A graphical op-ed published in the New York Times argues that cities should design streets for “people not cars,” as if cars don’t have people in them (or the people in them somehow don’t count). Only mass transit counts.
The op-ed distorts numerous facts and issues. For example, it starts out saying that streets in the early 1900s had pedestrians, bicycles, and wagons, and the result was “chaos. . . but it work[ed] because no single mode of transportation is privileged.” Whoever wrote this didn’t actually see those streets in the early 1900s, when New Yorkers complained at least as much about congestion as they do today, pedestrians stuck to the sidewalks (as they do today) because getting in the way of streetcars (which the op-ed doesn’t even mention) was dangerous and no one wanted to step in the pollution left by all the horses. Continue reading →
Speaking of simplistic solutions to complex problems, Streetsblog has an article on how to save transit. Based on ridership numbers from thirty-five urban ares, the pro-transit site says the two keys to transit success are, first, to spend lots of money, and second, to spend it in the right places.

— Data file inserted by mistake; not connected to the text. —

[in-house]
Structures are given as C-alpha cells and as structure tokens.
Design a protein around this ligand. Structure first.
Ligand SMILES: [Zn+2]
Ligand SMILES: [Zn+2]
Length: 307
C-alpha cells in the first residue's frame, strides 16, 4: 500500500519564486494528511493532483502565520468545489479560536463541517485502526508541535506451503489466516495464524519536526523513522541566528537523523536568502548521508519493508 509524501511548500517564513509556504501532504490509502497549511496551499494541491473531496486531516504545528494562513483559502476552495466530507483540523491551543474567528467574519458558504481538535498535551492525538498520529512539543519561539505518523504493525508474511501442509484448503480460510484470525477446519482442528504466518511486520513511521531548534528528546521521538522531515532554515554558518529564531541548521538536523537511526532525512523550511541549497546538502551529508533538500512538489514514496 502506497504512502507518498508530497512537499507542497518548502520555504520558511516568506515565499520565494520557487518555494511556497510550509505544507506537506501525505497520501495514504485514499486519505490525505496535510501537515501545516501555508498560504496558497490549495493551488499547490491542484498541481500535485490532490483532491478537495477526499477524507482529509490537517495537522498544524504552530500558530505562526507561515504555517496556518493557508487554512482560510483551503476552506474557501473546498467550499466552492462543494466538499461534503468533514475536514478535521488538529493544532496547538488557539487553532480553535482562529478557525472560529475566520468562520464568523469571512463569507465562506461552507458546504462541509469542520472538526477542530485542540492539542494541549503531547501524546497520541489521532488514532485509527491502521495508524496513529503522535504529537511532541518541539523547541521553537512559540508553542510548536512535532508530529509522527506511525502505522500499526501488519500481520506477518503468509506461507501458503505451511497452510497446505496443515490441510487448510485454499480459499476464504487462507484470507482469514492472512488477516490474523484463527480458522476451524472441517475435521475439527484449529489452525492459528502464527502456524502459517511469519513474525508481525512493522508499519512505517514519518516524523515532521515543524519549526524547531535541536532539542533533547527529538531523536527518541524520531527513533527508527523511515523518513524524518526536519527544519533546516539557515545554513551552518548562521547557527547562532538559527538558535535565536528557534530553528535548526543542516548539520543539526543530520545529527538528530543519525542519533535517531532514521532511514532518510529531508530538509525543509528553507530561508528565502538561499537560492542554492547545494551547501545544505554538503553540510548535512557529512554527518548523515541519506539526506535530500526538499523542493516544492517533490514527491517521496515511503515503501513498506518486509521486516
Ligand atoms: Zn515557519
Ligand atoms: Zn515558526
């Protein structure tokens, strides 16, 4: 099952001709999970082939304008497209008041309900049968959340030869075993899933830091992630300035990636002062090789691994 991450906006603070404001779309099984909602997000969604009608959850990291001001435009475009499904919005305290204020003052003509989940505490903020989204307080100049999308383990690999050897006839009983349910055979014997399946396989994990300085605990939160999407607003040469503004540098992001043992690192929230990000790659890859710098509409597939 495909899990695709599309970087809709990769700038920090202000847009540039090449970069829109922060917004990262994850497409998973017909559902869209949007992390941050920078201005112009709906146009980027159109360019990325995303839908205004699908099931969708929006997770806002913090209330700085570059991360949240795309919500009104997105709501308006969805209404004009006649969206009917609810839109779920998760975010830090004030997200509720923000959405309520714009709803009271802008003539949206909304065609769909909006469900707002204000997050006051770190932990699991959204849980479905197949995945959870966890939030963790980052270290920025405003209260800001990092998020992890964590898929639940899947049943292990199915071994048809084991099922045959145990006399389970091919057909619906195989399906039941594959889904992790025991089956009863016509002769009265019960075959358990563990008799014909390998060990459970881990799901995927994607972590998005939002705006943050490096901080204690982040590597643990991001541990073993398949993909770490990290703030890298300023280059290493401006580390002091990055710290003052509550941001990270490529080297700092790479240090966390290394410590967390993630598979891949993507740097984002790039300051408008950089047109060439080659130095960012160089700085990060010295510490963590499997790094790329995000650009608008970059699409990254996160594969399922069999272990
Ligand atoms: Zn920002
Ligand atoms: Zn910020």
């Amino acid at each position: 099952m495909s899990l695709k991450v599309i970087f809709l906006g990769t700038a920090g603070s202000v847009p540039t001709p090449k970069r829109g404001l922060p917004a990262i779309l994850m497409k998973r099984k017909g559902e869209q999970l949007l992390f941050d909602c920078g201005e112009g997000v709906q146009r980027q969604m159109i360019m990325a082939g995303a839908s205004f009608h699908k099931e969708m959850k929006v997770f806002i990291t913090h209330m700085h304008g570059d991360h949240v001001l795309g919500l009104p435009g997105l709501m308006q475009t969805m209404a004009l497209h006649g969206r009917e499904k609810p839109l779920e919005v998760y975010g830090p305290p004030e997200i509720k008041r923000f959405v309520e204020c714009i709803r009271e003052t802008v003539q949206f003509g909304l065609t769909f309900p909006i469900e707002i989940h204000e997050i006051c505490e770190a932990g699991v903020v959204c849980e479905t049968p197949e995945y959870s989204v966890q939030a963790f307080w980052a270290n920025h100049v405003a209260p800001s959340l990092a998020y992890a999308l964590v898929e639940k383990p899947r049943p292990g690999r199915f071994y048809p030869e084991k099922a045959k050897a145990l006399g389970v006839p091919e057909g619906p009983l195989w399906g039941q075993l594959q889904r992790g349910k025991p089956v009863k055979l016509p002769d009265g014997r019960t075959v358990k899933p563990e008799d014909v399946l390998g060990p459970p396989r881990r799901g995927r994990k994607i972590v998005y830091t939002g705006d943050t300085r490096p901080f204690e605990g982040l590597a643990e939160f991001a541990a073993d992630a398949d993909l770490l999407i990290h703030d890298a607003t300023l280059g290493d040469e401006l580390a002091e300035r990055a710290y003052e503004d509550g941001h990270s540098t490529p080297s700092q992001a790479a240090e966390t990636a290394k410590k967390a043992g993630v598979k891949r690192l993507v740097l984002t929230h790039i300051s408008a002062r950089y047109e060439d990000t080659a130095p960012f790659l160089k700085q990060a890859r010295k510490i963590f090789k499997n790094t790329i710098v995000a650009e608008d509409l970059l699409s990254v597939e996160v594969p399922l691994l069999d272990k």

I wonder why no one ever thought of that before.
The article points out that only three urban areas saw an increase in transit ridership from 2016 to 2017: Seattle, Phoenix, and Houston (where ridership grew just 0.1 percent). The numbers in the article are somewhat different from the numbers the Antiplanner calculated from the National Transit Database, but I agree that the only significant growth was in Seattle and Phoenix. (My numbers show a 0.1 percent decline in Houston.) Continue reading →